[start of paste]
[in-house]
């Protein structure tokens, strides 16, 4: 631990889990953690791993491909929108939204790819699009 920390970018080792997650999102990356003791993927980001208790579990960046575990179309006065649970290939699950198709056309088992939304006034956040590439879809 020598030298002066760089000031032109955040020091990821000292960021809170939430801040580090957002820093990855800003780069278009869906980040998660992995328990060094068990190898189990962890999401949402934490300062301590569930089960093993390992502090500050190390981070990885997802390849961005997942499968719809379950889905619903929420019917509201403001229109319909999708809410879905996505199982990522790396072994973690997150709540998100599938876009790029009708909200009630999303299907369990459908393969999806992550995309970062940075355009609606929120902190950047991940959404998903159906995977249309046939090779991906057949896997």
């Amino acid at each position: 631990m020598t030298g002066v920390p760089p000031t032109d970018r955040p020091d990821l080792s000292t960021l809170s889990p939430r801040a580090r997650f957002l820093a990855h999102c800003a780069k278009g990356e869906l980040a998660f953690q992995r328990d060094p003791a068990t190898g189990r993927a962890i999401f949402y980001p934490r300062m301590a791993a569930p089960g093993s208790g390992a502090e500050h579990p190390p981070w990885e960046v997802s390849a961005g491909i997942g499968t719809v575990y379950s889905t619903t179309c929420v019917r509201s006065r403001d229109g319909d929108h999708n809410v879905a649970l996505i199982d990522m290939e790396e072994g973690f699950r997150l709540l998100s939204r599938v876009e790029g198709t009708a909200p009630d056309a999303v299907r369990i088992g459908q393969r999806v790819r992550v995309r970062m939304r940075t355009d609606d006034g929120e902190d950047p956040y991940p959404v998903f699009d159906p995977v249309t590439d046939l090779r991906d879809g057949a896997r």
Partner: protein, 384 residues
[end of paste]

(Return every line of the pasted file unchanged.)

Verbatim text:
[in-house]
């Protein structure tokens, strides 16, 4: 631990889990953690791993491909929108939204790819699009 920390970018080792997650999102990356003791993927980001208790579990960046575990179309006065649970290939699950198709056309088992939304006034956040590439879809 020598030298002066760089000031032109955040020091990821000292960021809170939430801040580090957002820093990855800003780069278009869906980040998660992995328990060094068990190898189990962890999401949402934490300062301590569930089960093993390992502090500050190390981070990885997802390849961005997942499968719809379950889905619903929420019917509201403001229109319909999708809410879905996505199982990522790396072994973690997150709540998100599938876009790029009708909200009630999303299907369990459908393969999806992550995309970062940075355009609606929120902190950047991940959404998903159906995977249309046939090779991906057949896997």
């Amino acid at each position: 631990m020598t030298g002066v920390p760089p000031t032109d970018r955040p020091d990821l080792s000292t960021l809170s889990p939430r801040a580090r997650f957002l820093a990855h999102c800003a780069k278009g990356e869906l980040a998660f953690q992995r328990d060094p003791a068990t190898g189990r993927a962890i999401f949402y980001p934490r300062m301590a791993a569930p089960g093993s208790g390992a502090e500050h579990p190390p981070w990885e960046v997802s390849a961005g491909i997942g499968t719809v575990y379950s889905t619903t179309c929420v019917r509201s006065r403001d229109g319909d929108h999708n809410v879905a649970l996505i199982d990522m290939e790396e072994g973690f699950r997150l709540l998100s939204r599938v876009e790029g198709t009708a909200p009630d056309a999303v299907r369990i088992g459908q393969r999806v790819r992550v995309r970062m939304r940075t355009d609606d006034g929120e902190d950047p956040y991940p959404v998903f699009d159906p995977v249309t590439d046939l090779r991906d879809g057949a896997r």
Partner: protein, 384 residues